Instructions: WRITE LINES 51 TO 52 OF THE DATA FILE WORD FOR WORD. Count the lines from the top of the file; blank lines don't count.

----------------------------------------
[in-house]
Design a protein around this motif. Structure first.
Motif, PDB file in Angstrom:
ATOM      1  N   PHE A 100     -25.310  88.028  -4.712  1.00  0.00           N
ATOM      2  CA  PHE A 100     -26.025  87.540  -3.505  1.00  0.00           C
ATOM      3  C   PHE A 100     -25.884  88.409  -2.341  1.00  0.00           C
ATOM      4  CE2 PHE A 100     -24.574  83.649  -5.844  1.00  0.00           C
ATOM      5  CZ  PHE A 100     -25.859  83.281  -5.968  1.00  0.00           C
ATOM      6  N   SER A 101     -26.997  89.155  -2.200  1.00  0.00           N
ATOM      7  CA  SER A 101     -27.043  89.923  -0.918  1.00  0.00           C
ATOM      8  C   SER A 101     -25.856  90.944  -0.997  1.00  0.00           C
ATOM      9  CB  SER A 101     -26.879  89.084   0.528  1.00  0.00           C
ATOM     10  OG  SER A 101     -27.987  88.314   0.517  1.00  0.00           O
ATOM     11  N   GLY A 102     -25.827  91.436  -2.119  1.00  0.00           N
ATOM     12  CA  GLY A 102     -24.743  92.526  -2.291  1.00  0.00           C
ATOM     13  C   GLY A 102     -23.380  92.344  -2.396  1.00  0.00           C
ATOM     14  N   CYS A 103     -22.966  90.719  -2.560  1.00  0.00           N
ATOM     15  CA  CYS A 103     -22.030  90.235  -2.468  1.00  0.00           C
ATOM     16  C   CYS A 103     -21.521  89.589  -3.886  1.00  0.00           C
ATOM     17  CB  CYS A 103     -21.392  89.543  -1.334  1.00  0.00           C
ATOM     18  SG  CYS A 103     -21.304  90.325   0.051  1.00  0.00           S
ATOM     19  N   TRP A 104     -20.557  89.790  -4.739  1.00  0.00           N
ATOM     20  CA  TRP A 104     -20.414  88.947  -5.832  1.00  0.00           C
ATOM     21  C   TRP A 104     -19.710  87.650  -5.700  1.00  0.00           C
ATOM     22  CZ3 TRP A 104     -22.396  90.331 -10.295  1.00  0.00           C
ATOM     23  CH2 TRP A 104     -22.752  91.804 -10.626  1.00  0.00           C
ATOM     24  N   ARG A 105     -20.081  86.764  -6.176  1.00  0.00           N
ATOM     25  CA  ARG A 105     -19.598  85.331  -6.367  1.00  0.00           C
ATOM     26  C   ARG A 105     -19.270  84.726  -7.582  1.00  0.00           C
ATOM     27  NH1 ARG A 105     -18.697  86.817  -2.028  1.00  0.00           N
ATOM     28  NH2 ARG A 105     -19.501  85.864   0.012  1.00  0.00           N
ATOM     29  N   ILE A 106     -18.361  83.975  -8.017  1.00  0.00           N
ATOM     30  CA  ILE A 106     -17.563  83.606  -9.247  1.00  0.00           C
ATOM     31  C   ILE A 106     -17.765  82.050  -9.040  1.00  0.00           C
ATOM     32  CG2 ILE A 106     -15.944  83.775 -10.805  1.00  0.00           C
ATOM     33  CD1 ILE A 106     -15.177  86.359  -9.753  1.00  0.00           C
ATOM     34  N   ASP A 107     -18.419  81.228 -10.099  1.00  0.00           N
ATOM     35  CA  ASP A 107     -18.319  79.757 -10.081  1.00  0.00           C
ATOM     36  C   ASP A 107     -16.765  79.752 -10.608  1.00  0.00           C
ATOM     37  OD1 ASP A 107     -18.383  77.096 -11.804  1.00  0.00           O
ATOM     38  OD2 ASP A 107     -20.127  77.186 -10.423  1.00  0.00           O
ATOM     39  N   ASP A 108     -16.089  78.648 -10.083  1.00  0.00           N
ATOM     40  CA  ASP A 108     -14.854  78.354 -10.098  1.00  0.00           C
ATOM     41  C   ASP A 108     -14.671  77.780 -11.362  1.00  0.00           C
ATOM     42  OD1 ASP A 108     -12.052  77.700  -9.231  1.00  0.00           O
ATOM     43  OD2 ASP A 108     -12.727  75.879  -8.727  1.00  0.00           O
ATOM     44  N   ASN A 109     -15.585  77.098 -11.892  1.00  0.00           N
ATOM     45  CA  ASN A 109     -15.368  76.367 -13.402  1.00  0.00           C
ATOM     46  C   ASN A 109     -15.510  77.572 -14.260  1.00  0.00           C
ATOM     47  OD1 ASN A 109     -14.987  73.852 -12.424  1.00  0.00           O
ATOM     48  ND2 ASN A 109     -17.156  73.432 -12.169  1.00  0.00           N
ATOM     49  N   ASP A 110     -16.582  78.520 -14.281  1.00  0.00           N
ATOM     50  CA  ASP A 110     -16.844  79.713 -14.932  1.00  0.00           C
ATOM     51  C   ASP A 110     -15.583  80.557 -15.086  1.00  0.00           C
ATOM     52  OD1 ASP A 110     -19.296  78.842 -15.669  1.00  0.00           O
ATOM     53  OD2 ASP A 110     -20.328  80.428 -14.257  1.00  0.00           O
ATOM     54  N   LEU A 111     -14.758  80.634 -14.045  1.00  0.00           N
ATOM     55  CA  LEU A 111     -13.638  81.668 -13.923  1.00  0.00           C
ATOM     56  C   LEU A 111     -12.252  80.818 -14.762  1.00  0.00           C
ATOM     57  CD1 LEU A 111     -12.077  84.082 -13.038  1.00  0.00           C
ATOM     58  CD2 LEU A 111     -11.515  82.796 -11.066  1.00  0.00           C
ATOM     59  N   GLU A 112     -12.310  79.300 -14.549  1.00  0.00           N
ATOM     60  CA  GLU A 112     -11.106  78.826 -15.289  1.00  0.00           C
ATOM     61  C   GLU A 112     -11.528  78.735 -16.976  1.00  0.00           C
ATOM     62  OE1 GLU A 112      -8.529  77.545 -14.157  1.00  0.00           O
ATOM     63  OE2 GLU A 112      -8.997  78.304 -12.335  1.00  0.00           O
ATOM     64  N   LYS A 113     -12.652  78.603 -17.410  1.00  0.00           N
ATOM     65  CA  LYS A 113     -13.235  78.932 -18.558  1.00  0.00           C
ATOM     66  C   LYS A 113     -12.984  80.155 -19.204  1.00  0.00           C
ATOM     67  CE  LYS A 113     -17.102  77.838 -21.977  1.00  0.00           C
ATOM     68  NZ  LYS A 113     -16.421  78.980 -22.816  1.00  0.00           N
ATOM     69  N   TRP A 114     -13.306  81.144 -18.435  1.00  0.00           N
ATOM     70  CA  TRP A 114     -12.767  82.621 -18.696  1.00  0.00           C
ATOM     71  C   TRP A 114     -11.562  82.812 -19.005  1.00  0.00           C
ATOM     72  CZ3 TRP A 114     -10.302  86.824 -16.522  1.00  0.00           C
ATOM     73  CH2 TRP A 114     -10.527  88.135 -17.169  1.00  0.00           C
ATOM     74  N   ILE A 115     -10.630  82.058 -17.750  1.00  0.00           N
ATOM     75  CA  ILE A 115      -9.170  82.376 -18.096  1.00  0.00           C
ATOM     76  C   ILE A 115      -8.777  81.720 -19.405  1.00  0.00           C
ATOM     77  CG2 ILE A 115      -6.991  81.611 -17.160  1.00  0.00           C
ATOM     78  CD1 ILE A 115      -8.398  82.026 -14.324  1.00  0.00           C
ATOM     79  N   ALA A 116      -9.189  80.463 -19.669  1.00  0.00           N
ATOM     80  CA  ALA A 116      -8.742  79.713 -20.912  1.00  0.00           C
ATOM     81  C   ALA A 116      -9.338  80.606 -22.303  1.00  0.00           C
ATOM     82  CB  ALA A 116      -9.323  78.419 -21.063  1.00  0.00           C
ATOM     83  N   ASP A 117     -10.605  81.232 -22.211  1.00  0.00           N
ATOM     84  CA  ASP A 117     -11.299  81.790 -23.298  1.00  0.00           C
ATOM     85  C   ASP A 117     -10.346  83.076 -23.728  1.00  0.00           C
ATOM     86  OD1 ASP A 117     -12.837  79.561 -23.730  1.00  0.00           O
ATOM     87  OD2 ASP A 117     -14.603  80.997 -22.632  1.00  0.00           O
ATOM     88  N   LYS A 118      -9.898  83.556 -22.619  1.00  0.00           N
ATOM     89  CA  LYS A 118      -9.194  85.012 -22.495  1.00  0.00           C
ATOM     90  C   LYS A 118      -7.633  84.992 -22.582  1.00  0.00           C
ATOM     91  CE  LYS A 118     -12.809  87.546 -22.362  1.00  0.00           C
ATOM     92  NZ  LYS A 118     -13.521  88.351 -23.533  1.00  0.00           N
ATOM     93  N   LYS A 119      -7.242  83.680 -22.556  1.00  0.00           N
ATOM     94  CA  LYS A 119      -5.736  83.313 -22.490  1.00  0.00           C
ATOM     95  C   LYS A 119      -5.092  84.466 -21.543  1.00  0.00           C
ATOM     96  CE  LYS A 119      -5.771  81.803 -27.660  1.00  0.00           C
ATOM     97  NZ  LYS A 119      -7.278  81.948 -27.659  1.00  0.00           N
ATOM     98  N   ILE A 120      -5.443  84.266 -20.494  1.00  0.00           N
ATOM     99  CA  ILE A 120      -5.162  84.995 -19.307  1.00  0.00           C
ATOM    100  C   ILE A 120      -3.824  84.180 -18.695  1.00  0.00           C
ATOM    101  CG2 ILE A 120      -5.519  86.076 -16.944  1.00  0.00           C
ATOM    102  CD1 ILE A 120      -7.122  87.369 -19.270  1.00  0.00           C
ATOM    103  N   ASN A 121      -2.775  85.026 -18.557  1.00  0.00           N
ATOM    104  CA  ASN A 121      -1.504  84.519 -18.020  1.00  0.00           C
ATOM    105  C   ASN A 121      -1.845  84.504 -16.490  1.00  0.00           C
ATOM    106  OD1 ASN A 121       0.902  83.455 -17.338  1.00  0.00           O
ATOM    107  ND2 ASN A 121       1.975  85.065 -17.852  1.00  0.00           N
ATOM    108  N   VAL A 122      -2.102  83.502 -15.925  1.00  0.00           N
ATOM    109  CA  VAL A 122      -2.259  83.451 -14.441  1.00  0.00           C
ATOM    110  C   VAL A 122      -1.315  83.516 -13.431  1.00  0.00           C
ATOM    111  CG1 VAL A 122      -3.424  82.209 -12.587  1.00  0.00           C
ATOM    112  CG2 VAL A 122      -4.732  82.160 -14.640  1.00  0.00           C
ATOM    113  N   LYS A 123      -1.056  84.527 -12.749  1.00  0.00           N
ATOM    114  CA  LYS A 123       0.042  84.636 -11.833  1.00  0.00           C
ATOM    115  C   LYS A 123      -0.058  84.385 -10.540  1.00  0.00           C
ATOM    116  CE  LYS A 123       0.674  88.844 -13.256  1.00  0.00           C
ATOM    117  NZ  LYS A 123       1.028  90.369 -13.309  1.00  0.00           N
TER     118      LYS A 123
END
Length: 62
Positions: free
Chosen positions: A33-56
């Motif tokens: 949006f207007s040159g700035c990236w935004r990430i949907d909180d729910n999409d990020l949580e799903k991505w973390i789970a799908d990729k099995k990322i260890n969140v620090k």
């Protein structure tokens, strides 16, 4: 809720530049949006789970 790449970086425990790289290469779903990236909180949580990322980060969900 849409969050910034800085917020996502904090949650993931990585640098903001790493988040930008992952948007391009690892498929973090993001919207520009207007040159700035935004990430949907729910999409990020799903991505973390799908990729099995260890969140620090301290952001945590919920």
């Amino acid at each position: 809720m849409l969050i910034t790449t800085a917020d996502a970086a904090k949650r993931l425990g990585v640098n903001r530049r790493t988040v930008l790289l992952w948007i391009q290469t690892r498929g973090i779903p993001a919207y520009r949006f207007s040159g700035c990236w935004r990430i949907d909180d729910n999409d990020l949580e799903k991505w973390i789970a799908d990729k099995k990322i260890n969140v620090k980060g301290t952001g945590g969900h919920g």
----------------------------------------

ATOM     48  ND2 ASN A 109     -17.156  73.432 -12.169  1.00  0.00           N
ATOM     49  N   ASP A 110     -16.582  78.520 -14.281  1.00  0.00           N